In the previous works (Rozanov et al., 2013; 2015) we have performed one-dimensional (1D) numerical simulations of the target compression and burning at the absorbed energy of ~1.5 MJ. As a result, the target was chosen to have a low initial aspect ratio in order to be less sensitive to the influence of such parameters as laser pulse duration, total laser energy, and equations of state model. The simulation results demonstrated a higher probability of ignition and effective burning of such a system. In the present work we discuss the impact of irradiation asymmetry on this baseline target implosion. The details of the 1D compression and a possible influence of 2D and 3D effects due to the hydrodynamic instability and mixing have been described. In accordance with the 2D calculations the target is still ignited, however, the symmetry analysis of 3D ones gives reasons to further reduce the efficiency of conversion of kinetic energy into potential energy.
This paper reports on properties of a plasma formed by sequential action of two laser beams on a flat target, simulating the conditions of shock-ignited inertial confinement fusion target exposure. The experiments were performed using planar targets consisting of a massive copper (Cu) plate coated with a thin plastic (CH) layer, which was irradiated by the 1ω PALS laser beam (λ = 1.315 μm) at the energy of 250 J. The intensity of the fixed-energy laser beam was scaled by varying the focal spot radius. To imitate shock ignition conditions, the lower-intensity auxiliary 1ω beam created CH-pre-plasma which was irradiated by the main beam with a delay of 1.2 ns, thus generating a shock wave in the massive part of the target. To study the parameters of the plasma treated by the two-beam irradiation of the targets, a set of various diagnostics was applied, namely: (i) Two-channel polaro-interferometric system irradiated by the femtosecond laser (~40 fs), (ii) spectroscopic measurements in the X-ray range, (iii) two-dimensional (2D)-resolved imaging of the Kα line emission from Cu, (iv) measurements of the ion emission by means of ion collectors, and (v) measurements of the volume of craters produced in a massive target providing information on the efficiency of the laser energy transfer to the shock wave. The 2D numerical simulations have been used to support the interpretation of experimental data. The general conclusion is that the fraction of the main laser beam energy deposited into the massive copper at two-beam irradiation decreases in comparison with the case of pre-plasma. The reason is that the pre-formed and expanding plasma deteriorates the efficiency of the energy transfer from the main laser pulse to a solid part of the targets by means of the fast electrons and the wave of an electron thermal conductivity.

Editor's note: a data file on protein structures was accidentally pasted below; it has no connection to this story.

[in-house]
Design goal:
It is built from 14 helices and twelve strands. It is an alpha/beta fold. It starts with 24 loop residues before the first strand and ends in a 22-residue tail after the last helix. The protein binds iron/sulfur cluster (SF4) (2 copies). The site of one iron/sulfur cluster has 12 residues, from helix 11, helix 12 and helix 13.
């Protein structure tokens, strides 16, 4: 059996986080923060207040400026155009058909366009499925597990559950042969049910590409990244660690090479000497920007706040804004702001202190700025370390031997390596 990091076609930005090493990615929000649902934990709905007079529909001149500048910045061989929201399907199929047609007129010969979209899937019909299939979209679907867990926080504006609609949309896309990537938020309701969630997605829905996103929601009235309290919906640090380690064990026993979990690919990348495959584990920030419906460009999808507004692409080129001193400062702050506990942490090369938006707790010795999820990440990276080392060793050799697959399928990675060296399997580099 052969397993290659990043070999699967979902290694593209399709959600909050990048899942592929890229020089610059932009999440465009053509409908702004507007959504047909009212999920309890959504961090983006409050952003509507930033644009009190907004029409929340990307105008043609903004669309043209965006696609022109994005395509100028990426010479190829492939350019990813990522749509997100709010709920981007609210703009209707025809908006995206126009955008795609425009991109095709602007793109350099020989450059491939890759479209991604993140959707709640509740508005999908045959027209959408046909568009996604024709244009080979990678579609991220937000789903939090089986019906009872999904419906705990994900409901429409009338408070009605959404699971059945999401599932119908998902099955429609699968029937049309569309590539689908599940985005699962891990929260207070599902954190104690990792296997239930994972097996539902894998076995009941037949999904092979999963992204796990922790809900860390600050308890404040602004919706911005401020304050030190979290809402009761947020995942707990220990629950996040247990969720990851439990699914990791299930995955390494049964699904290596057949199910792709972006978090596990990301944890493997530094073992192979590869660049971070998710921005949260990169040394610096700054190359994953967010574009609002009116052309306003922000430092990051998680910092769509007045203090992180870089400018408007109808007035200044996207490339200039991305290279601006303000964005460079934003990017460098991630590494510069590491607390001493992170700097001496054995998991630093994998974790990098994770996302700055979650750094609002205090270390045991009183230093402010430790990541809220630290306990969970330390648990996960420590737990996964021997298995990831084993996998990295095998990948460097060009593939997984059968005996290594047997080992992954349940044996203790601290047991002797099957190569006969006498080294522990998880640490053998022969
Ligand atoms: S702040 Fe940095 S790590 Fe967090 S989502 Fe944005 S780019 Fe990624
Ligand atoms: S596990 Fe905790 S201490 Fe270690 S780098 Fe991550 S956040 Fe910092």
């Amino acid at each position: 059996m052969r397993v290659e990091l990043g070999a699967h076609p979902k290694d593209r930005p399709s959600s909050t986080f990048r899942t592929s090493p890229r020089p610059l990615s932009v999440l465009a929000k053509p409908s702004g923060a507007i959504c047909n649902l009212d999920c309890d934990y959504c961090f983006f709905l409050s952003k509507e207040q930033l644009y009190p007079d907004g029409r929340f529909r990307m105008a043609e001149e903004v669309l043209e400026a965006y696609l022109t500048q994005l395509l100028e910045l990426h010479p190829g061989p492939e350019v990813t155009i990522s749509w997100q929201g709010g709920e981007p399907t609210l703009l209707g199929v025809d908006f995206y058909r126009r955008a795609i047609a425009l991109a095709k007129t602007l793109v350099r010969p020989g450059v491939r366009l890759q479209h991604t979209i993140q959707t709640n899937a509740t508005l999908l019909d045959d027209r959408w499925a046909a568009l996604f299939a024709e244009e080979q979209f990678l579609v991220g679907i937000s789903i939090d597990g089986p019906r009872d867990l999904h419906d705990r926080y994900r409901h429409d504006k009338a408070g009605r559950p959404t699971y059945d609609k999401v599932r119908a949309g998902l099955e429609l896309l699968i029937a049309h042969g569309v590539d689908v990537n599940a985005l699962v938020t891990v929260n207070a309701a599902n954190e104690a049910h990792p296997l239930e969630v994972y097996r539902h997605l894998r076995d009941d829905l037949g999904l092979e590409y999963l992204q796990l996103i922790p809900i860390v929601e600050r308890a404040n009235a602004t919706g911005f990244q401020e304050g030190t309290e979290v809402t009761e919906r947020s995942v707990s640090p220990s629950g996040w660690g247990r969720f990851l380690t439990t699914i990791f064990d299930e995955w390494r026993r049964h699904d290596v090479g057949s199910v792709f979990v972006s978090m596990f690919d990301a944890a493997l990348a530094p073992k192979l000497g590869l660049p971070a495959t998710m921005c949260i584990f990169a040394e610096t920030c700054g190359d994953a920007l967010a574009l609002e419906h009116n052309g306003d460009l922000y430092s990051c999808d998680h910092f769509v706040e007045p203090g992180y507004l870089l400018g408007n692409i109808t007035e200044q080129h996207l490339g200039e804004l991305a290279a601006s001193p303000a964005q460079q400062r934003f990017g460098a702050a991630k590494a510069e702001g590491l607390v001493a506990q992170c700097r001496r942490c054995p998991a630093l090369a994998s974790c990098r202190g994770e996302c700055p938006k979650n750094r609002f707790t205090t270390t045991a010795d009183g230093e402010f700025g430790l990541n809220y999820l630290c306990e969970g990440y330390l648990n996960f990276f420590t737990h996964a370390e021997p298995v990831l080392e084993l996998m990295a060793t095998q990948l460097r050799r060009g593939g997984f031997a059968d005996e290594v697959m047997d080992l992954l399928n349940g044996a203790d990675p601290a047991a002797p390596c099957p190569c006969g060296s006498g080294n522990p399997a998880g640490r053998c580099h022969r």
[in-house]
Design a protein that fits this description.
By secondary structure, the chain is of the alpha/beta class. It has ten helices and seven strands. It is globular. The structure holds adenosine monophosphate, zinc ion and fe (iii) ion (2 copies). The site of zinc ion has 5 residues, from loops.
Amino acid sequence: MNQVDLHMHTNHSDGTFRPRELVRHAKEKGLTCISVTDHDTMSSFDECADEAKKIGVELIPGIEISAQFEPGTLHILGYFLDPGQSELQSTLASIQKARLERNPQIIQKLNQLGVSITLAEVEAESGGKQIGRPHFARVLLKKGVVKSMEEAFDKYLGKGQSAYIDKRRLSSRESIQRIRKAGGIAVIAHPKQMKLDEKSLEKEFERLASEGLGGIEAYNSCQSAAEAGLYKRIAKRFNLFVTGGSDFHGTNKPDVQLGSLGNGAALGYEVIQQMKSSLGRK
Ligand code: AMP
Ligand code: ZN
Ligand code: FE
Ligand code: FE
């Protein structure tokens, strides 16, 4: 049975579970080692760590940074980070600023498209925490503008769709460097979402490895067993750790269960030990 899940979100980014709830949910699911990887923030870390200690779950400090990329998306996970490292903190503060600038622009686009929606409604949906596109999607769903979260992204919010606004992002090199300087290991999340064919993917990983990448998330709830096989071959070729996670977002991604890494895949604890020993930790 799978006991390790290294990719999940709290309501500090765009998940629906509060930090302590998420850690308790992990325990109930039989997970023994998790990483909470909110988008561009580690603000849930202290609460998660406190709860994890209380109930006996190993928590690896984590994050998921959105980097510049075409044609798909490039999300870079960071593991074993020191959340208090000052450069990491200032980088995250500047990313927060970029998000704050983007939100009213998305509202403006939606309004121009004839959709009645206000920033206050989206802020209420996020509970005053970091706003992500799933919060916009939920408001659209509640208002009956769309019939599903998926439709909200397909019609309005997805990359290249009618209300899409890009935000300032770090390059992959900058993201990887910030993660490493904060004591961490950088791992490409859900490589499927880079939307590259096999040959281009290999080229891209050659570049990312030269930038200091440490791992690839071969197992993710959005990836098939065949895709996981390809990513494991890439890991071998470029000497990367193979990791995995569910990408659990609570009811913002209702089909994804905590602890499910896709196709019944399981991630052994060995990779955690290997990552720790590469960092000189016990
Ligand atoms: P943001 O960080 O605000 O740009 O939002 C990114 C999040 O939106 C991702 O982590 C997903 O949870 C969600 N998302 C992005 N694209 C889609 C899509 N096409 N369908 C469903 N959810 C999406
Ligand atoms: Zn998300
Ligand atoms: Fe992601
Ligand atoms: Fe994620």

In our earlier papers, we demonstrated that plasma pressure decreases with the growing atomic number of the target material. That experimentally confirmed fact brought about a question whether it would be possible to collimate the Al plasma outflow by using plastic plasma as a compressor. To prove that idea we used in our next experiments a plastic target with an Al cylindrical insert of 400 µm in diameter. The measurements were carried out at the Prague Asterix Laser System iodine laser facility. The laser provided a 250 ps (full width at half maximum (FWHM)) pulse with energy of 130 J at the third harmonic frequency (λ3 = 0.438 µm). The focal spot diameters (ΦL) 800, 1000, and 1200 µm ensured predominance of the plastic plasma amount high enough for the effective Al plasma compression. To study the Al plasma stream propagation and its interaction with plastic plasma a three-frame interferometric system and an X-ray camera were used. The experiment provided a proof that creation of the collimated Al plasma jet by action of outer plastic plasma is feasible. In order to discuss of the experimental results a thorough theoretical analysis was carried out.